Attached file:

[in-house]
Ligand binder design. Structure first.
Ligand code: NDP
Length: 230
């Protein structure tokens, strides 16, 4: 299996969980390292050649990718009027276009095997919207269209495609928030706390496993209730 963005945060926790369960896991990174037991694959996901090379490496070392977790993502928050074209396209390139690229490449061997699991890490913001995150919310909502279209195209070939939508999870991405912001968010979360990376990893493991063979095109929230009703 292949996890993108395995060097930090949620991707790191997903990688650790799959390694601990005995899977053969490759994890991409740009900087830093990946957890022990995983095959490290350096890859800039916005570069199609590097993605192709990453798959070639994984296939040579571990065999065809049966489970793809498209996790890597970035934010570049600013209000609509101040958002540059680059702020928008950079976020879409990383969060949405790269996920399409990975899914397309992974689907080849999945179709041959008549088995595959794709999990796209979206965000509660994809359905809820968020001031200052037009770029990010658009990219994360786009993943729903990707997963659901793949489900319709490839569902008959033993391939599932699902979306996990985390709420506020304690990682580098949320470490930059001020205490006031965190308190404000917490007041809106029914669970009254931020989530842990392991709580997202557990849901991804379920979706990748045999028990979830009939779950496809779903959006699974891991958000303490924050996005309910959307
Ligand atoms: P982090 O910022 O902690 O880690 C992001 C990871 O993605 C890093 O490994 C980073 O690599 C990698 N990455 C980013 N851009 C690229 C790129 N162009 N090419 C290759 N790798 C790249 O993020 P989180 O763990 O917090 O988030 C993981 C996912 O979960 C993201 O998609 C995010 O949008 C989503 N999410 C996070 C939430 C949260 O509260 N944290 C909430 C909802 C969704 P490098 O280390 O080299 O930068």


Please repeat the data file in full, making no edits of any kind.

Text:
[in-house]
Ligand binder design. Structure first.
Ligand code: NDP
Length: 230
């Protein structure tokens, strides 16, 4: 299996969980390292050649990718009027276009095997919207269209495609928030706390496993209730 963005945060926790369960896991990174037991694959996901090379490496070392977790993502928050074209396209390139690229490449061997699991890490913001995150919310909502279209195209070939939508999870991405912001968010979360990376990893493991063979095109929230009703 292949996890993108395995060097930090949620991707790191997903990688650790799959390694601990005995899977053969490759994890991409740009900087830093990946957890022990995983095959490290350096890859800039916005570069199609590097993605192709990453798959070639994984296939040579571990065999065809049966489970793809498209996790890597970035934010570049600013209000609509101040958002540059680059702020928008950079976020879409990383969060949405790269996920399409990975899914397309992974689907080849999945179709041959008549088995595959794709999990796209979206965000509660994809359905809820968020001031200052037009770029990010658009990219994360786009993943729903990707997963659901793949489900319709490839569902008959033993391939599932699902979306996990985390709420506020304690990682580098949320470490930059001020205490006031965190308190404000917490007041809106029914669970009254931020989530842990392991709580997202557990849901991804379920979706990748045999028990979830009939779950496809779903959006699974891991958000303490924050996005309910959307
Ligand atoms: P982090 O910022 O902690 O880690 C992001 C990871 O993605 C890093 O490994 C980073 O690599 C990698 N990455 C980013 N851009 C690229 C790129 N162009 N090419 C290759 N790798 C790249 O993020 P989180 O763990 O917090 O988030 C993981 C996912 O979960 C993201 O998609 C995010 O949008 C989503 N999410 C996070 C939430 C949260 O509260 N944290 C909430 C909802 C969704 P490098 O280390 O080299 O930068």